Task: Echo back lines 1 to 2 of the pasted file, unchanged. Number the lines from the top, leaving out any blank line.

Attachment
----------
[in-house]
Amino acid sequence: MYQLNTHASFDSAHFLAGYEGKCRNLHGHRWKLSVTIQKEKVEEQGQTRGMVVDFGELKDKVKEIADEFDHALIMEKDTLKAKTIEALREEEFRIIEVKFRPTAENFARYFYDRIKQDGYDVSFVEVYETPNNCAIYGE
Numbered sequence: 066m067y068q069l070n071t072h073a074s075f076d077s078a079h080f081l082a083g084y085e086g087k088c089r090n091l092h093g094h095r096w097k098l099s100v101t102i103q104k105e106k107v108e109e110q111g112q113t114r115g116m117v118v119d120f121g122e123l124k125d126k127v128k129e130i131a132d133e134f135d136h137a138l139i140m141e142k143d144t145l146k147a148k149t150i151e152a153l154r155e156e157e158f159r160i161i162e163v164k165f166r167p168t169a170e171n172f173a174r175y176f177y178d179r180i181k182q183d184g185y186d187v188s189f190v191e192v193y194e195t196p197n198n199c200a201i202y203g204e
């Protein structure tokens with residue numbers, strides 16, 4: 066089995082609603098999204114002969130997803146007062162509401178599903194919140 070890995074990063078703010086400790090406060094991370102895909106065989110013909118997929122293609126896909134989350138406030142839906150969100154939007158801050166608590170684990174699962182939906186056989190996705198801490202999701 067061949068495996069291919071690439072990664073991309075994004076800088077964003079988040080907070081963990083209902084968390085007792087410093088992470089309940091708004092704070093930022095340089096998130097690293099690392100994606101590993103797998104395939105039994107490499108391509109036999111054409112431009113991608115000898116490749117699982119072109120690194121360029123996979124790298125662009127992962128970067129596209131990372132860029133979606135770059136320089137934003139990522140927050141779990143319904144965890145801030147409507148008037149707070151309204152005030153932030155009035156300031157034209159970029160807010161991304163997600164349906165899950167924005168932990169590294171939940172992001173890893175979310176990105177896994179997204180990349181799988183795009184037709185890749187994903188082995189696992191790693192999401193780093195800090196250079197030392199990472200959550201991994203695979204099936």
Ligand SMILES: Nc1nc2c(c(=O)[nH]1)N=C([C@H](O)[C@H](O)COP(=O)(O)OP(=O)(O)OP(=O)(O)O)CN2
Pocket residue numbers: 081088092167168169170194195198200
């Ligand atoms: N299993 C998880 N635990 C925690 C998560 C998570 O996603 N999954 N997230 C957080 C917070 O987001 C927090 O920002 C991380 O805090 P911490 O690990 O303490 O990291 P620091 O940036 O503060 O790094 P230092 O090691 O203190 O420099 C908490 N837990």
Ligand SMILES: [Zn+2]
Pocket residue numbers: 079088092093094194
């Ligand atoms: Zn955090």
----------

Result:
[in-house]
Amino acid sequence: MYQLNTHASFDSAHFLAGYEGKCRNLHGHRWKLSVTIQKEKVEEQGQTRGMVVDFGELKDKVKEIADEFDHALIMEKDTLKAKTIEALREEEFRIIEVKFRPTAENFARYFYDRIKQDGYDVSFVEVYETPNNCAIYGE